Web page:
Transparency Maldives (TM) has begun training 42 long term elections observers to be posted throughout every atoll nationwide to monitor the campaign landscape and misuse of public resources, and ensure elections are fair and credible.
The long term observers have been appointed addition to 200 observers who will be present on election day.
TM staff began a three day training program for the long term observers on Saturday (July 6), with the assistance of experts and representatives from relevant state institutions including the Elections Commission (EC), Anti-Corruption Commission (ACC), and the Maldives Police Service (MPS).
Long term observers will be responsible for meeting regularly with all key stakeholders and monitoring activities including campaigning, pre-election electoral processes, voter education, vote buying and misuse of state resources in the run up to the September 7 presidential election.
This TM program marks the first time an NGO will conduct long term elections observations in the Maldives.
“We are excited to experiment the first ever systematic long-term domestic election observation in the Maldives. We are preparing for a comprehensive election day observation, recruiting up to 200 observers who will be assigned to randomly selected ballot boxes,” said TM’s Executive Director Ilham Mohamed.
“We thank and recognise the contributions of domestic elections observers towards a credible elections,” she added.
EC President Fuwad Thowfeek highlighted the need for domestic observers and the positive role they play in strengthening the electoral system, while addressing participants during the training program’s launch.
Long term elections observations will be conducted in order to increase confidence in electoral processes and civil society participation in the democratic process. Observers will also identify areas related to the democratic electoral process that require further improvement.
The long term observations will begin July 15 – the date presidential hopefuls can file their formal candidacy with the EC – and continue beyond the 2013 presidential election to the 2014 local council and parliamentary elections, noted TM Communication Manager Aiman Rasheed.
As part of TM’s elections program, the NGO will also implement a comprehensive voter education program, upgrade their online complaints system, and conduct media monitoring.
Transparency also conducted domestic election monitoring during the 2008-2011 cycle of elections, including the country’s first multi-party presidential, parliamentary and local council elections. The results of these elections were widely accepted both locally and internationally – a notable outcome given the high temperature of the country’s politics.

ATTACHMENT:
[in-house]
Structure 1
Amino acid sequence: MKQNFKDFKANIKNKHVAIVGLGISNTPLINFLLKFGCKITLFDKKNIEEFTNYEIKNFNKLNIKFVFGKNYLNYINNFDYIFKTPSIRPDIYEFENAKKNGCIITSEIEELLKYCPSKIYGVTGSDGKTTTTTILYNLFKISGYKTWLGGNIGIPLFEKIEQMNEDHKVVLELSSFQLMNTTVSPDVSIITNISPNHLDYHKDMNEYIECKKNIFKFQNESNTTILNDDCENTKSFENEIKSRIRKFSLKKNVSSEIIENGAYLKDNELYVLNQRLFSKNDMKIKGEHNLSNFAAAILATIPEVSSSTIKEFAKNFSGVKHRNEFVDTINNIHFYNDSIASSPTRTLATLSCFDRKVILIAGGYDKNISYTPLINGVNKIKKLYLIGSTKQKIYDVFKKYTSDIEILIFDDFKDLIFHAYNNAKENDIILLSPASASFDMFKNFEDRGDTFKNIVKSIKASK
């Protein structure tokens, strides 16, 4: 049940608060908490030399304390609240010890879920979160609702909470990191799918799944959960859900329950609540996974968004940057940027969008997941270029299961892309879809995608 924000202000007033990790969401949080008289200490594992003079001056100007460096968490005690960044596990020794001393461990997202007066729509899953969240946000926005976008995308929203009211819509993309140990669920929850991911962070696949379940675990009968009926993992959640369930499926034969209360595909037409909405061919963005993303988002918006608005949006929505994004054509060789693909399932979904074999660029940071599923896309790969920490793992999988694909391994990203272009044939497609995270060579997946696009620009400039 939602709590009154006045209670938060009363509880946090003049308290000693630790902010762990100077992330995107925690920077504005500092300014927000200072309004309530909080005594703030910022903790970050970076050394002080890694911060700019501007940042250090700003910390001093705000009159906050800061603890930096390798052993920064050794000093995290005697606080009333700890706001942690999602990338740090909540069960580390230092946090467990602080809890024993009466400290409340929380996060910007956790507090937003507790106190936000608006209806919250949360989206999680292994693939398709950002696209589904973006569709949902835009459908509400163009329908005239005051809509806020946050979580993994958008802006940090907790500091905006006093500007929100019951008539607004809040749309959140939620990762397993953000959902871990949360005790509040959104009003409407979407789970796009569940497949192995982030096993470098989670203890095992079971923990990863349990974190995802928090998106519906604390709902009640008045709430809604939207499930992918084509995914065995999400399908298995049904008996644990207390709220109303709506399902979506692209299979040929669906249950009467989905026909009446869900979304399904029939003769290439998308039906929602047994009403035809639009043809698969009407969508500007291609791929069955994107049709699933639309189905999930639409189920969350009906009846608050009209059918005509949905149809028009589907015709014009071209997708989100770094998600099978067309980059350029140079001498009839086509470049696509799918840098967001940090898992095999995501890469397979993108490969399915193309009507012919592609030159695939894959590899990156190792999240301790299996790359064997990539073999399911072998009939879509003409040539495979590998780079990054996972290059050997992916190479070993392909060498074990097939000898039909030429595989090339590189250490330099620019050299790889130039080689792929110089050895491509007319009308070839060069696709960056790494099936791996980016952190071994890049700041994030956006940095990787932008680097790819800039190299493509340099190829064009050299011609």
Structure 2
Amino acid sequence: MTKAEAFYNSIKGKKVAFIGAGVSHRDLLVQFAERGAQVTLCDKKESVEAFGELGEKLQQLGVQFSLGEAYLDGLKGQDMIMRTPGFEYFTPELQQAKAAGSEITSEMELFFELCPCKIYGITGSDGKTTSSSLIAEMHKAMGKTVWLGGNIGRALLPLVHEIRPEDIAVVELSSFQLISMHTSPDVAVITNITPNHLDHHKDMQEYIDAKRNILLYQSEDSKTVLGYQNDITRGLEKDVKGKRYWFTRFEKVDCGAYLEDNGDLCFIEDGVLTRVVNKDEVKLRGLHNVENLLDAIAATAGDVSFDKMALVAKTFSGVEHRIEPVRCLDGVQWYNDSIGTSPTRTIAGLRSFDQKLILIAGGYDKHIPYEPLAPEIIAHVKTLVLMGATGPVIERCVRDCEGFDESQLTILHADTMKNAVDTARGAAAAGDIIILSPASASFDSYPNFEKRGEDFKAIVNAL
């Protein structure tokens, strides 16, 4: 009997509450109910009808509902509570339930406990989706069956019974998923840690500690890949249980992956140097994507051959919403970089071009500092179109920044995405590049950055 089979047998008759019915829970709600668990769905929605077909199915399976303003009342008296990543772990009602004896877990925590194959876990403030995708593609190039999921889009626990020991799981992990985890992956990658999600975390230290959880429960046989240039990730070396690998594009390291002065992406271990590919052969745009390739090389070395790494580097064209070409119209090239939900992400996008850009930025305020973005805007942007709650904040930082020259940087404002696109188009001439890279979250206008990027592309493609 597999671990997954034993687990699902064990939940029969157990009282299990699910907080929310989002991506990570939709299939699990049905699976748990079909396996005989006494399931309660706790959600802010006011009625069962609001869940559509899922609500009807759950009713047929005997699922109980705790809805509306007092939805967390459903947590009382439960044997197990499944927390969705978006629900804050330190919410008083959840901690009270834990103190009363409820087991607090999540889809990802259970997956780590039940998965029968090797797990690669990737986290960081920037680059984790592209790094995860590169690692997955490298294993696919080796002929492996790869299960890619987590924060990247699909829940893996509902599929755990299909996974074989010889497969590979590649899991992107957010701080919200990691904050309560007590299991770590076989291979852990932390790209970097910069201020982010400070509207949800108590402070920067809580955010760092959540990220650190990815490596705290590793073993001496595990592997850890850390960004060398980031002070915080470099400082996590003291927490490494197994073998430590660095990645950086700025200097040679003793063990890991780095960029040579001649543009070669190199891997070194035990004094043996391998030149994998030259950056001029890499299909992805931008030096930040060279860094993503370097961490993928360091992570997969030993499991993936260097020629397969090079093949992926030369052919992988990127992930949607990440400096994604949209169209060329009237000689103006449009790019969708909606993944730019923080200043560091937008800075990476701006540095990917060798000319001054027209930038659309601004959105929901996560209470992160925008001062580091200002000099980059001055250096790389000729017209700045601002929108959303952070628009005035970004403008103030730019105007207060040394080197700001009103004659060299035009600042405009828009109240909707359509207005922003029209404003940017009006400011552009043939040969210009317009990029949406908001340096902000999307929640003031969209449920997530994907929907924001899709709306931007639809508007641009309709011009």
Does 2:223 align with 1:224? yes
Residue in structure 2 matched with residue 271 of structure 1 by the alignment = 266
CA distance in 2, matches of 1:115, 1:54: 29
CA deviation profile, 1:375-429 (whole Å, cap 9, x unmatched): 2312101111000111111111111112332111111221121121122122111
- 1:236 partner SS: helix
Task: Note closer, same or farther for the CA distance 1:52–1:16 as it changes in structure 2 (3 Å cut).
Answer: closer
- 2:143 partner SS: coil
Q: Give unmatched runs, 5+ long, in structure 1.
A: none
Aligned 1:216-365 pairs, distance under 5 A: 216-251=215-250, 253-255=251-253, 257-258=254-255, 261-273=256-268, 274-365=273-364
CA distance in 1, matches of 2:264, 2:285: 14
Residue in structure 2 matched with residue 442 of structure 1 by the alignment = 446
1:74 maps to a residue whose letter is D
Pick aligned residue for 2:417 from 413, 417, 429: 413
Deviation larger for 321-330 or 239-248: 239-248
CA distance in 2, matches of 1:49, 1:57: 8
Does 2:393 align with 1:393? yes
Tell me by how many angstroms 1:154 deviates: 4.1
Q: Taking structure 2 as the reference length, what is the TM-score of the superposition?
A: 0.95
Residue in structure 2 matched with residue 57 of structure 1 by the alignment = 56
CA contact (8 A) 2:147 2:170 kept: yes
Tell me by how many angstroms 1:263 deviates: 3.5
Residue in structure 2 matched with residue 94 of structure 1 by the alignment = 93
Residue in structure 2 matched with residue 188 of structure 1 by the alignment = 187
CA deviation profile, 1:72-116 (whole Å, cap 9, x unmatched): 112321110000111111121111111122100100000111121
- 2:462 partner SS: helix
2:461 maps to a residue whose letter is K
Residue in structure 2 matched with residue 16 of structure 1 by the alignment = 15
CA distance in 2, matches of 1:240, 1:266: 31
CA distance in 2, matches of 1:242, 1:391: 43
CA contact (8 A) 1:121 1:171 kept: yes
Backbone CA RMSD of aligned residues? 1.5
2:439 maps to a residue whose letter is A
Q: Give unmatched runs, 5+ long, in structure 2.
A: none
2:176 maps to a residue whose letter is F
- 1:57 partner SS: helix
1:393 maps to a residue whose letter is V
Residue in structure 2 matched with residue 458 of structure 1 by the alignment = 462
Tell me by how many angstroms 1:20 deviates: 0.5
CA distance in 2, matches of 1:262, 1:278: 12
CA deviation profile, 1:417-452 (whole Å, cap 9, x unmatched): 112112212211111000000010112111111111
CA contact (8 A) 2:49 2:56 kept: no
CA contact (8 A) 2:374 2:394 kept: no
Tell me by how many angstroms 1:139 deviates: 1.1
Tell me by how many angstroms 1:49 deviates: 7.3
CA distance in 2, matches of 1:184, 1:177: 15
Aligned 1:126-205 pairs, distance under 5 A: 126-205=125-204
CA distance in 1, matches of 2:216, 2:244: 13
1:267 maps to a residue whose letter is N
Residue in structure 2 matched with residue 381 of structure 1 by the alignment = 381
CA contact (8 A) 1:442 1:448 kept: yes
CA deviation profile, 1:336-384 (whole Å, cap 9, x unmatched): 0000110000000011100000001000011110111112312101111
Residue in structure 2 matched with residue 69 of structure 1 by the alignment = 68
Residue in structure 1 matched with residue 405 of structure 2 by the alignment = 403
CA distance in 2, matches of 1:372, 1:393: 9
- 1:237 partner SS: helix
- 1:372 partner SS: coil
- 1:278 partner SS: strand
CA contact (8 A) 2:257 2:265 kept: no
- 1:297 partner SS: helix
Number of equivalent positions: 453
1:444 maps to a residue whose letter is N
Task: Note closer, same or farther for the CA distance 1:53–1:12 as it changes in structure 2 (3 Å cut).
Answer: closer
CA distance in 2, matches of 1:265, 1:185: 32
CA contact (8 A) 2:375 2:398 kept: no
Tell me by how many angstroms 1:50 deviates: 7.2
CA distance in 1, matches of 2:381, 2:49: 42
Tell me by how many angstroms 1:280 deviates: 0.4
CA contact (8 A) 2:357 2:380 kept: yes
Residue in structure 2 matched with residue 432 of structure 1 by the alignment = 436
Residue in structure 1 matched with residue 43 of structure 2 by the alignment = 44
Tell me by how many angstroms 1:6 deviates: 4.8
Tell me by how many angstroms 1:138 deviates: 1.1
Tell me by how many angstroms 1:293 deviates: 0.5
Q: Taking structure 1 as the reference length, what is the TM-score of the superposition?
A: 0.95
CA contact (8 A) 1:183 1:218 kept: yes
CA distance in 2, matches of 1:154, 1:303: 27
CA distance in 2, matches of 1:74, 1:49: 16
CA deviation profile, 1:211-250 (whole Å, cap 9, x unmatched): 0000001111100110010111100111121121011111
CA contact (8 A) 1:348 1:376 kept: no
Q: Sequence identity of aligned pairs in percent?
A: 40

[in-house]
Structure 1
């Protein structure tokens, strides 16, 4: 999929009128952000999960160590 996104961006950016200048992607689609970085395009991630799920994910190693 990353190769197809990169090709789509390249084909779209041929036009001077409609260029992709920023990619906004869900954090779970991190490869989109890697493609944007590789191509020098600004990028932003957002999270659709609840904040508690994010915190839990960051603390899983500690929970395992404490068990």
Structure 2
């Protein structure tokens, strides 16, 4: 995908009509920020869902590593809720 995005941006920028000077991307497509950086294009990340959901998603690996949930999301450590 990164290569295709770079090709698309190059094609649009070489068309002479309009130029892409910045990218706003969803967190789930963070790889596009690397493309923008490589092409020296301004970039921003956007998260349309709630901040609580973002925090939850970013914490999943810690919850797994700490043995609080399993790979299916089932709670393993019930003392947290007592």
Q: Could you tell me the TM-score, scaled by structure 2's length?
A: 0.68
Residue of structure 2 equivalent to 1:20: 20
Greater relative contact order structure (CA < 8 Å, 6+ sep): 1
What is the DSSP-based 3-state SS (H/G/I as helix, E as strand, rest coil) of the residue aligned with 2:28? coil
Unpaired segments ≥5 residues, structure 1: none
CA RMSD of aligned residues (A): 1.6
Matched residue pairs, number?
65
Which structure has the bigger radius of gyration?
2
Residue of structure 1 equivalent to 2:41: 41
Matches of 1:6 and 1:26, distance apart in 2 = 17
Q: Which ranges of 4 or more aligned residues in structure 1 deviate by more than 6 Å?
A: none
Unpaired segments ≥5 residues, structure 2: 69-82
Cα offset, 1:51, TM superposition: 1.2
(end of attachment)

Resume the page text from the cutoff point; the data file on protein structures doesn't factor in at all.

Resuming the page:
“However, the current political polarisation and the tense, sometimes violent, political environment have strained and continue to further threaten the democratic gains of the previous election processes,” Transparency Maldives warned.
The 2013 presidential elections are set to unfold “against a context of uncertainty, crises of political legitimacy and unprecedented levels of political polarisation,” Transparency Maldives has stated, in an extensive pre-election assessment published in March.
“The latter is characterised by mistrust, categorical negative framing of one another and by the lack of self-accountability of institutions, politicians and their parties for their role in the existing political crises. The electoral background is therefore discouraging,” Transparency noted.
The detailed report identifies key challenges in the lead up to the election, such as the candidacy of former President Mohamed Nasheed, lack of monitoring of campaign financing, an extensive and entrenched culture of vote buying, and a media establishment set on fueling personality politics and further polarisation.
“The upcoming Presidential Elections are currently headed to unfold against this political context of crisis of legitimation, uncertainty of democratic transition, existing polarisations and other challenges that have been aggravated by the controversial transfer of power on 7 February 2012,” Transparency stated.